hospitalized immediately. Interim therapy is treatment aimed at preventing further attacks. The offending allergens should be identified and emotional disturbances eliminated, if possible. Drugs of choice in the interim therapy of asthma are the adrenal corticosteroids and corticotropin. Methylprednisone and IV hydrocortisone are the drugs normally used. A change in environmental conditions is indicated to prevent incapacitating or further complications.
This condition is the result of deposits of fibrinous exudate on the pleural surface. It is usually secondary to pulmonary disease.
SYMPTOMSThere is chest pain that is accentuated upon inspiration and minimal when the breath is held. The patient often lies on the affected side and respirations are decreased in motion and may be marked with a grunt. A pleural friction rub is often present.
TREATMENTThe treatment of the pleuritic pain is the only measure aimed at combating the fibrinous pleurisy. Other treatment is aimed at the underlying cause. Giving analgesics and strapping the chest to restrict movement is effective in treating the pain.
This is a localized area of necrosis in the lung that may be putrid or nonputrid. Bronchial obstruction with subsequent infection distal to the block may be caused by aspirated vomitus, blood, pus, or mucus. It may also follow penetrating wounds of the chest. Putrid abscesses are usually single and caused by anaerobic bacteria. The right lung, especially the lower lobes, is most frequently affected. Nonputrid abscesses are usually hematogenous in origin and are usually multiple.
SYMPTOMSThey include malaise, anorexia, cough, sweating, chills, and fever. The cough is at first nonproductive and later yields a foul, fetid sputum that is suggestive of an abscess.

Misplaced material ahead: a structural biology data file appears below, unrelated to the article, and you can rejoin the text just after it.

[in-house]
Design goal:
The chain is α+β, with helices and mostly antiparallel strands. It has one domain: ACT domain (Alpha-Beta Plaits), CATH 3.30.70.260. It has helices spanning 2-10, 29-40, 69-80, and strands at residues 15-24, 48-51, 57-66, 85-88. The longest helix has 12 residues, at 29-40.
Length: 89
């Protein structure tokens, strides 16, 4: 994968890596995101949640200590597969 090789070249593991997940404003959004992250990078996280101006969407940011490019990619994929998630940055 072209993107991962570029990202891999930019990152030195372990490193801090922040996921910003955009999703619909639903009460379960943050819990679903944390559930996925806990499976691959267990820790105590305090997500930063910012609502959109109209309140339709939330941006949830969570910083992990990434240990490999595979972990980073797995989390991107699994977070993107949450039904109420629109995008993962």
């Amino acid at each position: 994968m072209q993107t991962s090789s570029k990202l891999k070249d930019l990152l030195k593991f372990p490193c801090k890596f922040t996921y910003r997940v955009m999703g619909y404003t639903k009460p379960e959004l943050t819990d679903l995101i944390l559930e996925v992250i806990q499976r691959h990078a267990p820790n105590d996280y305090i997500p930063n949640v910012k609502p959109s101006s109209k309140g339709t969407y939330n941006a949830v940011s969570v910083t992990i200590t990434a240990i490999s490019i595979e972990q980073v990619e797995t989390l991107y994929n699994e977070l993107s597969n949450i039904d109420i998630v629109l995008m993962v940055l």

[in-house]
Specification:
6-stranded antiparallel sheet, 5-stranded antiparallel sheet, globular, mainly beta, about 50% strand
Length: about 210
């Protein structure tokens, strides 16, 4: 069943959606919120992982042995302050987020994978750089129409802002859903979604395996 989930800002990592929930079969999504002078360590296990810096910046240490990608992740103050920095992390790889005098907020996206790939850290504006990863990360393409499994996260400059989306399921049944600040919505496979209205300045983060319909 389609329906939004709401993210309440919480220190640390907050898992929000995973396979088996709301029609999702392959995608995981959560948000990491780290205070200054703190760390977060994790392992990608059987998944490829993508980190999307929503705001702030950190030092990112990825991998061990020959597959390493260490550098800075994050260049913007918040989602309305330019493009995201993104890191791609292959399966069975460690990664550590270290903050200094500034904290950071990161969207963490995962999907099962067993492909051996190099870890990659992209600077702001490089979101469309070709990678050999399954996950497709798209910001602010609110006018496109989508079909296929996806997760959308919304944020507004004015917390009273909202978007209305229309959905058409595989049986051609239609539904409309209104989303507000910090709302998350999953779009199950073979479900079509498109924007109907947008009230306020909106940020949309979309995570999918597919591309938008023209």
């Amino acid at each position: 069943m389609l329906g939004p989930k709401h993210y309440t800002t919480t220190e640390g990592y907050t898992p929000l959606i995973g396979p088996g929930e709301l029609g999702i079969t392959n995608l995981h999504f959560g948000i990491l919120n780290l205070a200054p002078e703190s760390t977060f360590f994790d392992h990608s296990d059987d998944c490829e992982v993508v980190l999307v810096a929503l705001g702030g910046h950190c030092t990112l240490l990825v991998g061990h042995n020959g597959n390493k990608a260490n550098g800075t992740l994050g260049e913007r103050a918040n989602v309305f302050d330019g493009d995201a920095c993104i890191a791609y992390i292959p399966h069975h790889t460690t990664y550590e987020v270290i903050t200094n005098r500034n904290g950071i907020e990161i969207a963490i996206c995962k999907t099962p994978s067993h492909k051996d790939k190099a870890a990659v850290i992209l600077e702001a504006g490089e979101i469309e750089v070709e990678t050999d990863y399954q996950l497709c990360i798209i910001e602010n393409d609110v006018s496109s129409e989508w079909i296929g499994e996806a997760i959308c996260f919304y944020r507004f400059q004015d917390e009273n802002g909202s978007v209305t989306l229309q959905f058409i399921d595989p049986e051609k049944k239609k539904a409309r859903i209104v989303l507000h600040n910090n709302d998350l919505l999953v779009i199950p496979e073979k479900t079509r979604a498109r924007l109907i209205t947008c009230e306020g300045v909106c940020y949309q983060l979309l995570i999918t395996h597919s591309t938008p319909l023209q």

TREATMENTGeneral measures consist of bed rest, postural drainage in the position of best drainage, and broad-spectrum antibiotic therapy. The patient may require evacuation for surgical resection, which is the treatment of choice when the risk is reasonable.
This condition results from air entering the pleural space, causing a partial to complete collapse of the underlying lung. It sometimes follows exertion or violent coughing. Occasionally a valvelike effect is produced with progressive air leakage upon inspiration and failure of air exit upon expiration (tension pneumothorax).
SYMPTOMSChest pain is referred to the shoulder and arm of the affected side. The pain is aggravated by inspiration and physical activity. Breath and voice sounds are diminished on the affected side; in large pneumothorax, there is a mediastinal shift to the opposite side. Percussion produces hyperresonance.
TREATMENTIf the degree of lung collapse is small, air leakage slight, and little discomfort produced, the lung may reexpand spontaneously. If the degree of collapse is greater, the leakage of air more pronounced, and the patients discomfort great, insert a large-bore, short bevel needle into the anterior portion of the affected area. Insert it just into the pleural space to avoid trauma to the underlying lung. After tension is relieved, make a one-way valve from the finger of a rubber glove, slit at the end, and tied to the hub of the needle. As soon as possible, insert a Foley catheter into the pleural space and attach to a water trap (underwater seal) or a suction pump. Provide suction until the lung has been reexpanded for 24 hours. Treat severe pain with subcutaneous morphine. Treat for shock.
A sucking chest wound results from a penetrating injury to the chest wall and is a surgical emergency. The wound must be made airtight by any available means, as this might convert the injury to a tension pneumothorax. If the patient becomes increasingly dyspneic, remove the dressing to allow release of internal pressure, then reseal. Treat for shock. Surgical intervention should be accomplished as soon as possible.
This condition results from a clot lodging in a pulmonary vessel. The major causes are chronic cardiac disease, phlebitic or thrombosed veins of the lower extremities, postoperative complication (second or third week usually), and traumatic fractures (fat embolism).